Tracking stress in pregnant moms, for their child's health
An artificial-intelligence system was designed to use EKG readings to track the stress of mothers and their fetuses in a recent study.
Barbara Clements - 253-740-5043, firstname.lastname@example.org
Tracking the stress experienced by a pregnant mother, via a wearable device or regular checkups, could prevent developmental delays in the resulting child, according to research recently published in the journal Scientific Reports.
The study involved artificial intelligence and electrocardiograms (EKG) and and was conducted by scientists from Germany, Argentina, Canada and UW Medicine in Seattle. Researchers examined whether biomarkers indicating stress could be discerned and tracked with EKG data run through an algorithm. Levels of high stress detected by the machines were confirmed with psychological inventories and measures of cortisol levels in the mother. The fetal stress index was measured via the connection between fetal and maternal heartbeats.
Stress has long been known to affect a fetus' brain development, said Dr. Martin Frasch, affiliate assistant professor of obstetrics and gynecology at the University of Washington School of Medicine and one of the study’s corresponding authors. He said fetal stress has been linked to subsequent neuropsychiatric conditions such as ADHD and autism, and to neurodegenerative disorders such as Parkinson’s and Alzheimer’s.
“The question is, 'What do we do with this information, in a practical way?'” he asked.
That answer lies in developing an AI algorithm to track data points that indicate stress. Little research has been done on how to track the stress effectively and how to train computers to monitor stress during pregnancy, Frasch said. Over 12 months, the team trained an AI system to associate the previously measured psychological, molecular and biophysical biomarkers of maternal and fetal stress with the EKG readings. In this way, the system could track the expectant mother’s stress levels non-invasively and automatically.
The study involved 107 women who were 32 weeks pregnant: 59 were a control group and 48 underwent routine EKGs to collect data indicating biomarkers related to stress. Frasch said the study was able to detect actionable biomarkers that clinicians could use to reduce maternal stress and develop an intervention plan to address any physical or developmental delays after the child was born.
"We used a model of deep learning (a form of AI-based statistical prediction technology that can integrate with wearable EKG devices) to identify chronically stressed mother-fetus dyads and predict their biochemical, biophysical and physiological characteristics from a regular EKG with a high degree of accuracy,” the researchers reported in their findings.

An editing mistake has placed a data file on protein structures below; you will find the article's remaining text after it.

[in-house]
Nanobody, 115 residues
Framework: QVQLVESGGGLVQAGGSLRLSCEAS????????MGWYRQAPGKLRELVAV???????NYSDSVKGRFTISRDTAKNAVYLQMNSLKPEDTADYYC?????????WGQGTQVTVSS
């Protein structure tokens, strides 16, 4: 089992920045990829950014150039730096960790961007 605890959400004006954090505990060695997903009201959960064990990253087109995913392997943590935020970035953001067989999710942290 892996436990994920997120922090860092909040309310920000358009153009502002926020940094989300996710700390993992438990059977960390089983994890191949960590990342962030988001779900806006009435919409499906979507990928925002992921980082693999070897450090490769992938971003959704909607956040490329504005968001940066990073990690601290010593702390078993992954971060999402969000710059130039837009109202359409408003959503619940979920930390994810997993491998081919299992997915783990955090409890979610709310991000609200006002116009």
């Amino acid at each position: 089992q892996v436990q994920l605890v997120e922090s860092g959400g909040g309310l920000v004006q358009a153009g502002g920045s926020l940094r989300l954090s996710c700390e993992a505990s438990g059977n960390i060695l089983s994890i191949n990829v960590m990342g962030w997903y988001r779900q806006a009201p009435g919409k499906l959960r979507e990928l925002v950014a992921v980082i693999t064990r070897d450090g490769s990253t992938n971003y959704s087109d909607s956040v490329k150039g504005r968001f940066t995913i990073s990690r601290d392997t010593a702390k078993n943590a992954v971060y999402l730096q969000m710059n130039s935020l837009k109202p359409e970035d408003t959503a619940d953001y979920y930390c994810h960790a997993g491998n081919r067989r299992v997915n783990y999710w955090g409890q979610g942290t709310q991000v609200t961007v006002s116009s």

To measure maternal stress, the team used the Cohen Perceived Stress Scale and a prenatal distress questionnaire about pregnancy-specific worries. Hair samples were also taken to measure cortisol levels.
For the fetus, the team used a fetal stress index developed about three years ago. It represents the biophysical signature of prenatal stress exposure measured late in pregnancy by using non-invasive maternal trans-abdominal EKG. This approach yielded the joint maternal-fetal biomarker of chronic stress which shows how fetal heart rate responds to the maternal heart rate.
“This is an important advance in early and non-invasive detection of chronic stress effects during pregnancy,” the authors wrote.
The next step would be to employ a wearable device that pregnant mothers could wear outside of a research setting, Frasch noted. It’s all about early intervention for babies born in stress, said Frasch.
“If we knew what kids were being subjected to this stress, in utero, and were able to steer them back onto a better developmental trajectory, it would have a positive impact on generational health,” he said.
The study was a collaboration of the Department of Electrical & Computer Engineering and Ingenuity Labs Research Institute, Queen’s University in Ontario, Canada; the Technical University in Munich, Germany; the University of Buenos Aires, Argentina; and the University of Washington Center on Human Development and Disability. The project was funded by Projekt DEAL.